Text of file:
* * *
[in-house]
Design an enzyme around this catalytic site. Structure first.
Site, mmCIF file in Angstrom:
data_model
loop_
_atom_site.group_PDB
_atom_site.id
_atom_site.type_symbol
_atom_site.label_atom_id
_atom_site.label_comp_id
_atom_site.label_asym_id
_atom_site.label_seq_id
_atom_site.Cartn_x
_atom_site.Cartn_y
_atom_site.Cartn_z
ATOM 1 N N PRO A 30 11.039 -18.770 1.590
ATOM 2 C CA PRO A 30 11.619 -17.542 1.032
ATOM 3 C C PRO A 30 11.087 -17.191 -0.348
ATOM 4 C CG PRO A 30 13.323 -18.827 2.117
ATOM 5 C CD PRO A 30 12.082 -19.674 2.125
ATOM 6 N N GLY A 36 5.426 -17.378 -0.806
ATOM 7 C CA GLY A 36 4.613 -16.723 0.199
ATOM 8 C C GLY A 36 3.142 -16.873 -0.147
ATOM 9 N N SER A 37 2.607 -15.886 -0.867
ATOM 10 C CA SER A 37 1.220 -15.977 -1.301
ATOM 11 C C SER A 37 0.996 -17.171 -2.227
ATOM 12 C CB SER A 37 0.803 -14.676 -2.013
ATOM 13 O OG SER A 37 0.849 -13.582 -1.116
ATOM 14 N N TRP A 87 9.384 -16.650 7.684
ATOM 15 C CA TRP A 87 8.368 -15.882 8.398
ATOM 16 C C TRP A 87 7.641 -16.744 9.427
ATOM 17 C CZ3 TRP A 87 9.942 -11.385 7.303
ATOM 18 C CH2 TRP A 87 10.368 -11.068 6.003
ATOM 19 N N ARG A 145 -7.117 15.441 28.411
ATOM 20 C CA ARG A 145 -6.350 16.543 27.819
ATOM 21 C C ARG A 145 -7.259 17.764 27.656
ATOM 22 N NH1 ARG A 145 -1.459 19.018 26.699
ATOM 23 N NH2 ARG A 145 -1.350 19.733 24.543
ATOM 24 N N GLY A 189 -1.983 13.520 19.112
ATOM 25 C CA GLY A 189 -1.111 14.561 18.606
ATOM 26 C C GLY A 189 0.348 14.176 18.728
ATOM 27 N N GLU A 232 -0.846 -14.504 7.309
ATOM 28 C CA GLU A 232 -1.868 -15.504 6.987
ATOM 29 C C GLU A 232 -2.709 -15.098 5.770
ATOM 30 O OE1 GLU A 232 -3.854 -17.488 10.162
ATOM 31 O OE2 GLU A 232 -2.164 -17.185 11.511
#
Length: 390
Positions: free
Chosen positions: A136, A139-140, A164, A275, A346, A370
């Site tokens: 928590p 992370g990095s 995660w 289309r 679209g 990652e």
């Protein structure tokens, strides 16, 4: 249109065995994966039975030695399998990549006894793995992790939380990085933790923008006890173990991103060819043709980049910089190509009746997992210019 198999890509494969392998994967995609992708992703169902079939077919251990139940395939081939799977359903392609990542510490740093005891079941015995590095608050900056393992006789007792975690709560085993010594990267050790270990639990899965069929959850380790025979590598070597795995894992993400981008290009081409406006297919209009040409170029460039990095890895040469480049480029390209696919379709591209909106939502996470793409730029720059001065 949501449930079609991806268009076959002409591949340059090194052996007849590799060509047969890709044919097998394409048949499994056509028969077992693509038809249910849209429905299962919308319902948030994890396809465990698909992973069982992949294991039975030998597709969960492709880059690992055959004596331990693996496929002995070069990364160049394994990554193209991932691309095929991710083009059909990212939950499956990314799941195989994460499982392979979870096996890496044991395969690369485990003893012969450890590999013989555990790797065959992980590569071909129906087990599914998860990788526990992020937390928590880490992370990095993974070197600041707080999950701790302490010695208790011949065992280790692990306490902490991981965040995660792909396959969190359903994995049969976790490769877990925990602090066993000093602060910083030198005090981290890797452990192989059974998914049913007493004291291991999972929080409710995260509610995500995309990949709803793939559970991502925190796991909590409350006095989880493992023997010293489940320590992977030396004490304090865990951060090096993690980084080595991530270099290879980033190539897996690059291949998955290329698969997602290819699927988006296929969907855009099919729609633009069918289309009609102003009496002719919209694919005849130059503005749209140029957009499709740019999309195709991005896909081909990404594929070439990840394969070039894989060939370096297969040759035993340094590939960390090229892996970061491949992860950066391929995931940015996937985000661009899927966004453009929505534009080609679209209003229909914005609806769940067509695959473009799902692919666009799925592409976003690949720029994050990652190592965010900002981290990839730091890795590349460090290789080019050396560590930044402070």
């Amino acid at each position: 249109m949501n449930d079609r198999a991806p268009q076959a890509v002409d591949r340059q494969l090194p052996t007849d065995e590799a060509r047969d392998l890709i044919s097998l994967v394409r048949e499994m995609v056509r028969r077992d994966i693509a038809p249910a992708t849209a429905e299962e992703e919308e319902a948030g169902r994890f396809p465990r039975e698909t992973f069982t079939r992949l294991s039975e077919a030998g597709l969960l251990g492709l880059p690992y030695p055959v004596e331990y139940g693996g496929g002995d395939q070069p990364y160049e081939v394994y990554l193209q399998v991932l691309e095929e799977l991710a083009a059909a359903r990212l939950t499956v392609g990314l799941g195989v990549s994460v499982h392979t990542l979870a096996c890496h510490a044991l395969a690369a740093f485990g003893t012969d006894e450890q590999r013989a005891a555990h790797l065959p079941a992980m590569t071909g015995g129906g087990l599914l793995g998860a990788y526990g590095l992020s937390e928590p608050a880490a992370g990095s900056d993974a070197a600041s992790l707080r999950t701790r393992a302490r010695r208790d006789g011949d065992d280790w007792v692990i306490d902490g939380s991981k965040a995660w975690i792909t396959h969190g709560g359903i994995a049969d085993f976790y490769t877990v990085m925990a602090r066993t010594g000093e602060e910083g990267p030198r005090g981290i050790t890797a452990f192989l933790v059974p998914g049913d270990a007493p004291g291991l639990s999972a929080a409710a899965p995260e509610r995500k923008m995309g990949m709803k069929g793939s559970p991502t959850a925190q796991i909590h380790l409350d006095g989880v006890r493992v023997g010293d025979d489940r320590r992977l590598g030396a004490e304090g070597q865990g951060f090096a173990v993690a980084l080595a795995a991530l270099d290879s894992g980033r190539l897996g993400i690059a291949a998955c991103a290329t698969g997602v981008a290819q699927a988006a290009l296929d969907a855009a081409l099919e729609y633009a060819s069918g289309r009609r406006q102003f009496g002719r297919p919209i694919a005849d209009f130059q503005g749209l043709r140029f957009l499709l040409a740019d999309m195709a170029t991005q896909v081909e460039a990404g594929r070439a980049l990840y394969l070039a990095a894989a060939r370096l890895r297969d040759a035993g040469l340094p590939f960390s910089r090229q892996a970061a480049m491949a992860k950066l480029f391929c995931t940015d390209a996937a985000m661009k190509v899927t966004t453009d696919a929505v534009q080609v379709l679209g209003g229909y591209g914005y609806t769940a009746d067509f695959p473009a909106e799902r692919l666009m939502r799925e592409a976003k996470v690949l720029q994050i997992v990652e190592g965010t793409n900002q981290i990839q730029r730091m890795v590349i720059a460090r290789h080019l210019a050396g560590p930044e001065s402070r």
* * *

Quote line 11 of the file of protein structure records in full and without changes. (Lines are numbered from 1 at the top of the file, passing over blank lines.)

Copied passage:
_atom_site.label_asym_id